Optimizing onedimensional Euclidean functions (like f(x) = …)
 Optimization methods: grid search optimization, random search, gradient descent
 Optimizing twodimensional Euclidean functions (like f(x,y) = …)
 How those optimization methods look in multiple dimensions
 Discussion
 Why are some functions harder to optimize than others?
 Is it possible to find the optimum of every function?
 How good is grid search/gradient descent guaranteed to get?
 Can you think of any other algorithms than the ones we proposed to solve these problems?
 Presentation: NonEuclidean optimization
 Optimizing vectors of floats
 Example – evolved antennas
 Example – Nqueens solutions
 Q&A
Introduction to Evolutionary Computing (25 minutes)
 How does natural selection work?
 What is evolutionary computing?
 Requirements: fitness function, initial population, mutator
 When do you stop?
 Main loop pseudocode
 Different representations for the Nqueens problem
 Discussion
 What are some up/downsides of evolutionary computing over the previous optimization approaches?
 What are the effects of population size on optimization speed?
 Is it better to have “smarter” mutators? What if it takes longer for them to run?
 Exercise
 Implement the main loop! Use your fitness functions from before, and a provided simple operator that swaps two points.
 Find a solution to the 8queens problem, using the code you just wrote.
 Q&A
 Break (5 minutes)
Solving the NQueens Problem (20 minutes)
 Three different representations for the Nqueens problem
 How to benchmark? Speed to perfect solution works here, but not always
 Explain the API of the provided benchmarking function
 Exercise: Benchmark your solution, using the provided library functions
 Presentation: Performance comparisons
 Q&A
MultiObjective Optimization (30 minutes)
 When is an optimization problem multiobjective?
 How do you define the objectives?
 Why can’t you just add the objectives/combine them?
 How do you delete solutions? Can’t just take “best” now
 False negative rate/false positive rate/fairness in ML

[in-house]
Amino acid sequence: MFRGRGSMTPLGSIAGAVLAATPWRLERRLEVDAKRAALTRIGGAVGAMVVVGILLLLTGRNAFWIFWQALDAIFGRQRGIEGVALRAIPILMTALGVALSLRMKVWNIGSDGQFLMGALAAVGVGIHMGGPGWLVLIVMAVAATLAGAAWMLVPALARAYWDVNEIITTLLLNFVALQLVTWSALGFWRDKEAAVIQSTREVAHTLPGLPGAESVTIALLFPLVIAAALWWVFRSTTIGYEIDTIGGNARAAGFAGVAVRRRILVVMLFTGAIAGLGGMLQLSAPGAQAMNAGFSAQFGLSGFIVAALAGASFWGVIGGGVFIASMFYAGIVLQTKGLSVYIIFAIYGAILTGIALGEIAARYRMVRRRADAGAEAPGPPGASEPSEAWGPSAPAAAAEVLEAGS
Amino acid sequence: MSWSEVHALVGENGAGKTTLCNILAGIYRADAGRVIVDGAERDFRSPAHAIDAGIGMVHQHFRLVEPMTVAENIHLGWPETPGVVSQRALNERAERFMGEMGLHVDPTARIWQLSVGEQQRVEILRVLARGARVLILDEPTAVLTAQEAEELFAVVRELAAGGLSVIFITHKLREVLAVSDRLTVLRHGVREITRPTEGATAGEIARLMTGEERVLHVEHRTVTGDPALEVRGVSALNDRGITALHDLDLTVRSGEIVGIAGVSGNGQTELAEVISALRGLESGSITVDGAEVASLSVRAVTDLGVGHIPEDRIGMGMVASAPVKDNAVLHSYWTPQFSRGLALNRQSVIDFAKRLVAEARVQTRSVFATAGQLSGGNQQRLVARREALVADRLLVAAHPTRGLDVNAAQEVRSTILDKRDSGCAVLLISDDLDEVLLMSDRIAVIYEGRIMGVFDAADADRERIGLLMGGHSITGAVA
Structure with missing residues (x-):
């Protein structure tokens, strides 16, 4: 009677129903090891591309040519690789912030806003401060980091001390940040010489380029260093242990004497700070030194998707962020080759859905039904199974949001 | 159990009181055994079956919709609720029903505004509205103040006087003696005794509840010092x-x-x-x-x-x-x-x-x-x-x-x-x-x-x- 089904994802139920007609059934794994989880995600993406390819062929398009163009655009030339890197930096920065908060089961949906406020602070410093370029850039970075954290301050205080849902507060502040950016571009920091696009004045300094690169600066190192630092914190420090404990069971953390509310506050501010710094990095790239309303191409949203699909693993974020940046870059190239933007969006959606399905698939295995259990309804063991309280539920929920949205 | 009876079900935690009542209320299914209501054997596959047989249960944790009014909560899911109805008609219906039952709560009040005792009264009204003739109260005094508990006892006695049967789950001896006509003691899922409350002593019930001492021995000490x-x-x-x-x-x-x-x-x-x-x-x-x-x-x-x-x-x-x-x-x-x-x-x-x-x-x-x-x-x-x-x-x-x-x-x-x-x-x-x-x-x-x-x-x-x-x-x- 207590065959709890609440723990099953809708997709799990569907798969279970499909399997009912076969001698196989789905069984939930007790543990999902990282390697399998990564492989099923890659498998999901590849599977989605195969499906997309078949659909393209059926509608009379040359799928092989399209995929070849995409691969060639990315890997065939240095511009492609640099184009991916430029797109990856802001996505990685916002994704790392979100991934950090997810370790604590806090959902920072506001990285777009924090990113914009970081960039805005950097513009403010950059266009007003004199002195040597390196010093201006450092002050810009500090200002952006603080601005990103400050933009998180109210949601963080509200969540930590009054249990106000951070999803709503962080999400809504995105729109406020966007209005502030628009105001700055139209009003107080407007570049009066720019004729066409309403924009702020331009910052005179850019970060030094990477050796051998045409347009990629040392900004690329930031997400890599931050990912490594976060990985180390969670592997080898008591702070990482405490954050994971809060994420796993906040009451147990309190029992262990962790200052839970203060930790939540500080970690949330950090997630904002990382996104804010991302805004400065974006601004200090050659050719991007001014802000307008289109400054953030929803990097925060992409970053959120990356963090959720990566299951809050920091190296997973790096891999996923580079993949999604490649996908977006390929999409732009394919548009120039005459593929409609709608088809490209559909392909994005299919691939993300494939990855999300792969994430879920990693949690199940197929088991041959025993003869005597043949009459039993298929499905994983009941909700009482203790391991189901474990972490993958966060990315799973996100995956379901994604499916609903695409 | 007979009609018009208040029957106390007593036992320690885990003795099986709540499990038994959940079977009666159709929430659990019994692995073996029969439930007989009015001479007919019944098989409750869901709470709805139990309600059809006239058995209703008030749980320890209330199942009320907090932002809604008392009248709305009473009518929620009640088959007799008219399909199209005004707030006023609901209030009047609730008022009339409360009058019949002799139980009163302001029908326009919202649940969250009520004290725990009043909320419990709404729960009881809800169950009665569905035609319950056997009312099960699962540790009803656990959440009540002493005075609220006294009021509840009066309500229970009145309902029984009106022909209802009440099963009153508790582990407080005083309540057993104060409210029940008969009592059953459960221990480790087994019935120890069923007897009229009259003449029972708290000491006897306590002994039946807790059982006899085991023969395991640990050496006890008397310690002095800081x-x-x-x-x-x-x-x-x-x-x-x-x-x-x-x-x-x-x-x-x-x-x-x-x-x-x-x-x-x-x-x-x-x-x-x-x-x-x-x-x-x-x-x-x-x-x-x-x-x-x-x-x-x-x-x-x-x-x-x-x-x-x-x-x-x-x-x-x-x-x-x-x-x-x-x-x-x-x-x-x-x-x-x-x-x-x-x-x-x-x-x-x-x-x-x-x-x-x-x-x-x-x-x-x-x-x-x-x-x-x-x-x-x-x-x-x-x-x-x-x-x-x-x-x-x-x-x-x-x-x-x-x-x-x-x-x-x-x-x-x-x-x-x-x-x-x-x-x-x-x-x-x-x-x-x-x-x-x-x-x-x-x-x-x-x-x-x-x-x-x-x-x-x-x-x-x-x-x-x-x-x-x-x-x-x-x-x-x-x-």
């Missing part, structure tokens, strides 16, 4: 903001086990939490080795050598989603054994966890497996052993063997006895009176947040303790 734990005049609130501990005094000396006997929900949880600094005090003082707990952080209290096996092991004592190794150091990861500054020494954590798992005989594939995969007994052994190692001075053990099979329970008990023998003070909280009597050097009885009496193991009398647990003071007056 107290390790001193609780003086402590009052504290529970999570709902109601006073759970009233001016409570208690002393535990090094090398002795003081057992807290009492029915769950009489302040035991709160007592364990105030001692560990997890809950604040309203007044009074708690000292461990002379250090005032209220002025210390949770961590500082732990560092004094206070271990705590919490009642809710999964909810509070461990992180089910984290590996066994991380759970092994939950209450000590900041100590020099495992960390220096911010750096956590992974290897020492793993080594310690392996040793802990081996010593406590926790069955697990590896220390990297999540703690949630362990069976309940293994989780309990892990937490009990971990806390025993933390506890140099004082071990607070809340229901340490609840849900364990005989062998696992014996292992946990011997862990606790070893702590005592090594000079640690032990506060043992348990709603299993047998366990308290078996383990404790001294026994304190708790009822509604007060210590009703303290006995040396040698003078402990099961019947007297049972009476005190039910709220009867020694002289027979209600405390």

Discussion
 Discuss some examples of multiobjective problems in real world
 Is it ever reasonable to combine these different objectives?
 When might you want to convert a single objective into multiple?
 Exercise: Fill in the missing elements of the multiobjective optimizer skeleton code
 Q&A
 Break (5 minutes)
BiObjective Traveling Salesperson Problem (50 Minutes)
 Regular, oneobjective traveling salesperson problem
 Famously NPHard
 But good algorithms exist – not a good place to use evolutionary computing
 The biobjective traveling salesperson problem
 Introduction of the second objective
 Similar to time/cost of deliveries
 Solution representation (tour)
 How to create initial population
 Random, greedy, and hybrid approaches
 Mutation operators
 Crossover operators
 Examples of problems that can be converted to Biobjective traveling salesperson problem, and their applications
 Introduction to the scaffolding I provide – the fitness functions are predefined, as well as a “safety checker” that ensures a tour is valid.
 Exercise
 Implement a mutation operator that swaps two random cities in the tour
 Implement a crossover operator for onepoint crossover
 Apply those to the main loop to evolve TSP solutions.
 Q&A
Extensions (15 Minutes)
 Parallelism
 Constraints on solutions
 Dynamically create new solutions, instead of initial population
 Vary population size to maximize diversity when stagnating
 Logging/tracing to identify good mutation operators
 Evolving which operators are used (“metaevolutionary systems”)
 Other problems
 Q&A
Final Q&A (5 minutes)